This is an all-gold five star read. Its actually two stories, the story of the HeLa cells and the story of the Lacks family told by a journalist who writes the first story objectively and the second, in which she is involved, subjectively. The contrast between the poor Lacks family ...

    ?She's the most important person in the world and her family living in poverty. If our mother is so important to science, why can't we get health insurance?? I've moved this book on and off my TBR for years. The truth is that, with few exceptions, I'm generally turned off by the...

    On October 4, 1951, Henrietta Lacks, a thirty-one-year old black woman, died after a gruesome battle with a rapidly metastasizing cancer. During her treatment, the doctors at Johns Hopkins took some cells from her failing body and used them for research. This was not an unusual thing t...

    Fascinating and Thought-Provoking. Strengths: *Fantastically interesting subject! One woman's cancerous cells are multiplied and distributed around the globe enabling a new era of cellular research and fueling incredible advances in scientific methodology, technology, and medica...

    When I was a graduate student in the field of Ethics, one of my favorite pedagogical strategies, as both a teacher and a student, was the case study. A good case study can make an abstract ethical issue more concrete. A really good case study can turn a deeply contentious issue into an...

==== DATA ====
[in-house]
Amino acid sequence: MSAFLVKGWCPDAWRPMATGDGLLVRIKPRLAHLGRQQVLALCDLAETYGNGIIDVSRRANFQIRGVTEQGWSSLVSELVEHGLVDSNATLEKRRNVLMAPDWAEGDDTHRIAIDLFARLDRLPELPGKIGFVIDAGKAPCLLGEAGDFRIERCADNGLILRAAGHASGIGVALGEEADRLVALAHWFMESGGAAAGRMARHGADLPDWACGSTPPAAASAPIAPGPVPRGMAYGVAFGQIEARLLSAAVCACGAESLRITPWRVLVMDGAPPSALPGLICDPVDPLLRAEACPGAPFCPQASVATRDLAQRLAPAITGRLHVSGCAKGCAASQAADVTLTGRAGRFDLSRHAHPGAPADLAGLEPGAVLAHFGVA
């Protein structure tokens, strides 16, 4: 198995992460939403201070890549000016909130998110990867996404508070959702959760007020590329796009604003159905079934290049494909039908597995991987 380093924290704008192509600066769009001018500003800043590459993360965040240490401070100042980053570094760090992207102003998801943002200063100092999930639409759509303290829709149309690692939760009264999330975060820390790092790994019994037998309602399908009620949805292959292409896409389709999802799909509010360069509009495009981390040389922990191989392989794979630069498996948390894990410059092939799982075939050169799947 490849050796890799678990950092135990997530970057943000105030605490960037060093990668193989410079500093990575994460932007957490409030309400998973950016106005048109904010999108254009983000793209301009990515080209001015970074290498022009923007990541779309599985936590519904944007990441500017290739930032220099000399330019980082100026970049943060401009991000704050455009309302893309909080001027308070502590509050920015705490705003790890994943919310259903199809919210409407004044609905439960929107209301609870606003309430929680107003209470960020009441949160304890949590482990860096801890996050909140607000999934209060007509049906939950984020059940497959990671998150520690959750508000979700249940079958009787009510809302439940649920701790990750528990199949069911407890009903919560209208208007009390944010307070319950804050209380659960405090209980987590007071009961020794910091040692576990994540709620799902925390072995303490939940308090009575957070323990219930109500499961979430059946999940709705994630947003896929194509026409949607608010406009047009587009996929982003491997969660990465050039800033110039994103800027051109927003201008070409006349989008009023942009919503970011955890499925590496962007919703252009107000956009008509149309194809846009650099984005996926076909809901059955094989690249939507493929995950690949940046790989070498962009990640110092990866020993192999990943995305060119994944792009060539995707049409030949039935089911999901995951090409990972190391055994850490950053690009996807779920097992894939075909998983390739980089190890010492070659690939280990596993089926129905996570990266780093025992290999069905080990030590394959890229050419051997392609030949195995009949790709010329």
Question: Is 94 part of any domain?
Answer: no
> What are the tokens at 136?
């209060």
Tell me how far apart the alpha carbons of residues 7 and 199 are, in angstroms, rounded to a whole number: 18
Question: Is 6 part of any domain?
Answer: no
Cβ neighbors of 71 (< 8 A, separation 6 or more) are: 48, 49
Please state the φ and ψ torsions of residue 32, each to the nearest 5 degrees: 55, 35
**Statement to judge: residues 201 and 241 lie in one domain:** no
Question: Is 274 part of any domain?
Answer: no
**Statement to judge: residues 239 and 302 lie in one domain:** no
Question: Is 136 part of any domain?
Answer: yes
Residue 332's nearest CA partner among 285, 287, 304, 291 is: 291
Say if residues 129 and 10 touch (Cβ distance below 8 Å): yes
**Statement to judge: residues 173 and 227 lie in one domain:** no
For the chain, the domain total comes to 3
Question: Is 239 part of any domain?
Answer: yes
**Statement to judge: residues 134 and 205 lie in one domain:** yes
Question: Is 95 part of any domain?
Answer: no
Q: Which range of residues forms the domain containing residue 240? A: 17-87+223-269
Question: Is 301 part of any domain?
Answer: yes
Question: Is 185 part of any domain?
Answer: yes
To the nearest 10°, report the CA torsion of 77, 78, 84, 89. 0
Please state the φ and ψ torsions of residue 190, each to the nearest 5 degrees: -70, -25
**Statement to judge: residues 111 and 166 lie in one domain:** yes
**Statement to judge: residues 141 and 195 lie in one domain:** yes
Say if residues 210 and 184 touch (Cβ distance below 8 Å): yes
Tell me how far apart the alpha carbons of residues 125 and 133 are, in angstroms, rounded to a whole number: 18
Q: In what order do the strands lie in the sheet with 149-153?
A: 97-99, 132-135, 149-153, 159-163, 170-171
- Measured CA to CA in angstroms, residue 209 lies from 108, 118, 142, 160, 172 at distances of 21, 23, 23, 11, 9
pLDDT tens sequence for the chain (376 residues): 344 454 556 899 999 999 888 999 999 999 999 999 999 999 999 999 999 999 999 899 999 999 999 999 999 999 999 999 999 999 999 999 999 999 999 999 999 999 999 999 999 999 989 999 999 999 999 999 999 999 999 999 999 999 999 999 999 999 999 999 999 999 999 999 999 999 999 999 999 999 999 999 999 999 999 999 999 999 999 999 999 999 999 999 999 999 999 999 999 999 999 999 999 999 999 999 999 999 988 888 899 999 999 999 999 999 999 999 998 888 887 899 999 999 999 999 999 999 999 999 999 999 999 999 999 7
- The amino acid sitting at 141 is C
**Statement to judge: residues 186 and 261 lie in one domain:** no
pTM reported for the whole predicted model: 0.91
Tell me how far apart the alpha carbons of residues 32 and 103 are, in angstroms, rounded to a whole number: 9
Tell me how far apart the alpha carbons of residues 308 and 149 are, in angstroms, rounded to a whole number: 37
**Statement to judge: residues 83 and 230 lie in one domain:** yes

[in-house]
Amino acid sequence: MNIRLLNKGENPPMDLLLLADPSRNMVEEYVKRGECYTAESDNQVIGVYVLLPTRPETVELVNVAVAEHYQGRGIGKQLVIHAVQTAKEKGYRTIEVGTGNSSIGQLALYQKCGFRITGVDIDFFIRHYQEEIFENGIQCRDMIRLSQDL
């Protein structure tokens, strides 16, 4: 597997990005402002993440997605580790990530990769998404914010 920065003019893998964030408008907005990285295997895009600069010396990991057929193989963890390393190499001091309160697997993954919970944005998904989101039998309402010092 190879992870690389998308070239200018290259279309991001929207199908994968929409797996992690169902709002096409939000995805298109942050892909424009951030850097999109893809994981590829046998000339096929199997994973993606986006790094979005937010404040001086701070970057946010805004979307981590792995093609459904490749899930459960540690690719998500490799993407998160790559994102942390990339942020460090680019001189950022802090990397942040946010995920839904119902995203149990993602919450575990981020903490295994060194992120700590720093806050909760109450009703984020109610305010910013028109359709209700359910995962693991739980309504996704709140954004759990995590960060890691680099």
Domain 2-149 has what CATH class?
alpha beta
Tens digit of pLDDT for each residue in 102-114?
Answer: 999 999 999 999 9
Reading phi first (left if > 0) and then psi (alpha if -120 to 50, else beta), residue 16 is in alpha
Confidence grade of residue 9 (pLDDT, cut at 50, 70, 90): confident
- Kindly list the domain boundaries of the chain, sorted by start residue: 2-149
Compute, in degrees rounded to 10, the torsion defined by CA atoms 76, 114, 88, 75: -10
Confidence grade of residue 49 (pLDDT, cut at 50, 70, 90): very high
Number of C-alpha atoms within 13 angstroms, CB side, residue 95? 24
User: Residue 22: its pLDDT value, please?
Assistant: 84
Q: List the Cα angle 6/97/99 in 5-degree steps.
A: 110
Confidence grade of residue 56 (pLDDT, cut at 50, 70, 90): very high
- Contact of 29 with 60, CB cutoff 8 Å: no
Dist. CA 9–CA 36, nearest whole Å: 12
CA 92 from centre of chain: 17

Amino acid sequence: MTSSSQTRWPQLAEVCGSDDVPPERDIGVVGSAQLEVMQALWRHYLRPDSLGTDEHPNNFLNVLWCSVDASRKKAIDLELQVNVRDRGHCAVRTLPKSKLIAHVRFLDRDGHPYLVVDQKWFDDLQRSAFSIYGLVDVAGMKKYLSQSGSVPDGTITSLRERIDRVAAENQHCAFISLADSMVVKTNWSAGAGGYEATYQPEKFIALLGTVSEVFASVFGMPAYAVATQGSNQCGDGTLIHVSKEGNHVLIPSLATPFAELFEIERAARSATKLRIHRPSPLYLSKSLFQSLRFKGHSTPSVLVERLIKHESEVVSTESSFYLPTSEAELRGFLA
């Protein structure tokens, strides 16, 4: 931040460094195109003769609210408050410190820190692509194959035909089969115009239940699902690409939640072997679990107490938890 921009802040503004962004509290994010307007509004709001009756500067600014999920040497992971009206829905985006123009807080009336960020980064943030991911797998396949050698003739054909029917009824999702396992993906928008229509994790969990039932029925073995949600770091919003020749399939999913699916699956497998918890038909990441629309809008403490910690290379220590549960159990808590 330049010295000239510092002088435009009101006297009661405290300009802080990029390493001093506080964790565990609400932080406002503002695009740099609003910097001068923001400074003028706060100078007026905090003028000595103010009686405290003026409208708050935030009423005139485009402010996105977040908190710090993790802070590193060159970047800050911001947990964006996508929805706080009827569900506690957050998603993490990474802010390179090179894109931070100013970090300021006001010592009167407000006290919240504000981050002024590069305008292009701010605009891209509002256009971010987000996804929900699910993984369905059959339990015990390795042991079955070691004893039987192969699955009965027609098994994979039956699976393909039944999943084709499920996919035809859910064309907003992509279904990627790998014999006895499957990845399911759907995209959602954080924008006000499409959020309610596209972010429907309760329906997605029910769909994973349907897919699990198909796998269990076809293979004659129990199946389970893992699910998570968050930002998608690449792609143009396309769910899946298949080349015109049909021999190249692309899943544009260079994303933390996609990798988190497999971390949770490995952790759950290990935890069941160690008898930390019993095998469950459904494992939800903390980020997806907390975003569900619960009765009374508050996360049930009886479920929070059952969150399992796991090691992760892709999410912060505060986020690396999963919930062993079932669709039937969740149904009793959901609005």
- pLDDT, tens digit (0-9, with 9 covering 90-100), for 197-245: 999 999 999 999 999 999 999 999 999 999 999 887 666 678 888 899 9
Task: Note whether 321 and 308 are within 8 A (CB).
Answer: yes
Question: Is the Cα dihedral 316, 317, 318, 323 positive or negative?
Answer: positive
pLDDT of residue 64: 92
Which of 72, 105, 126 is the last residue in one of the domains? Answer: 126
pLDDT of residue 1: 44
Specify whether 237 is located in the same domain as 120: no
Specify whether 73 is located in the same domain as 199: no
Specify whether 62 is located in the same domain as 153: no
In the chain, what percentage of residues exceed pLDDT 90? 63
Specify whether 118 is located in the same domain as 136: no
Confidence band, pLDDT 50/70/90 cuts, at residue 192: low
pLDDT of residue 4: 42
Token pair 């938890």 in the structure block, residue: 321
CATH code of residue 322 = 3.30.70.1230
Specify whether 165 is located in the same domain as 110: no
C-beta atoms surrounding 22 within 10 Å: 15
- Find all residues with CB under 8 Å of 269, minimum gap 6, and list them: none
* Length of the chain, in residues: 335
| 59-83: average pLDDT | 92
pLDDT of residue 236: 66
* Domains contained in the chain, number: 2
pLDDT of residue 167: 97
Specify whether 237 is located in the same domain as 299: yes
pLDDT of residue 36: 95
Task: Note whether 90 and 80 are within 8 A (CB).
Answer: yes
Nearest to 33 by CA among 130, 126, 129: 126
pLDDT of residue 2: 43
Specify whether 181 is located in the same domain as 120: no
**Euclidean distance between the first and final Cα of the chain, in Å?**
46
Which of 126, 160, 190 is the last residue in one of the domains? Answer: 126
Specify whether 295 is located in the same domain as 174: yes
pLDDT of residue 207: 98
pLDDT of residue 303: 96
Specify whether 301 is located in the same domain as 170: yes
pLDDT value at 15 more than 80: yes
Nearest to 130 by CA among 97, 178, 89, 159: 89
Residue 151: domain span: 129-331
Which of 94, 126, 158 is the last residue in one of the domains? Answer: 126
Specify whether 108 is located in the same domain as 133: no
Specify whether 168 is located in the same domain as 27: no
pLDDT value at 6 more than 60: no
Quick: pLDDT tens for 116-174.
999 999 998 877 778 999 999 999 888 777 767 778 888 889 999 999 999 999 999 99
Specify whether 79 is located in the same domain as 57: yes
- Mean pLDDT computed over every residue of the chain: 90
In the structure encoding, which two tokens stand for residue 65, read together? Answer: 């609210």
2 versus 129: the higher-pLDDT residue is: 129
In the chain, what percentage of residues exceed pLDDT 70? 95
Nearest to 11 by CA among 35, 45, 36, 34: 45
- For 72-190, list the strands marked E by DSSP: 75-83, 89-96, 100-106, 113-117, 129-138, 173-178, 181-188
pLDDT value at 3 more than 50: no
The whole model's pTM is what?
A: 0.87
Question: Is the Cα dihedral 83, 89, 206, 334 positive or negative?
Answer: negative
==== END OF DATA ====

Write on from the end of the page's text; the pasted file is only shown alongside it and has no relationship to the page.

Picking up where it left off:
My thoughts on this book are kind of all over the place. I feel for the Lacks family, I really do. It's hard to read about the poverty and lack of education and the cavalier approach towards informed consent in the early days of Johns Hopkins Research Hospital. The fact that the HeLa c...

    This could have been an incredible book. Henrietta Lacks' story is finally told--and Skloot makes very clear how important Lacks' cells have been to the last 60 years of science and, paradoxically, how much Henrietta and her family suffered because those cells were taken from Henrietta...

    May 2012 Henrietta Lacks vs. Jesus: Final Exam (With apologies to believers) Directions Please read the following excerpts, and answer the questions below: From the Last Supper: While they were eating, Jesus took bread, and when he had given thanks, he broke it and gave it ...

    The gift of life is surely the greatest gift of all. So how can the story of the remarkable woman who gave that gift over and over again to millions of people have been overlooked for so long? In 1951 a poor African American woman in Maryland became an uninformed donor to medical sc...

    When a poor woman dies of cervical cancer in 1951, her cancerous cells live on. But what happens when her biological material generates billions of dollars for the drug and pharmaceutical industry, leaving her dirt poor descendants in the lurch? Yeah, I know I wrote that like the te...

    This 2010 work of non-fiction regarding THE IMMORTAL LIFE OF HENRIETTA LACKS is a sad story and a tough, draining read that shocked me more than once along the way.Henrietta was a poor black woman only 31 years of age when she died of cervical cancer leaving five children behind, her y...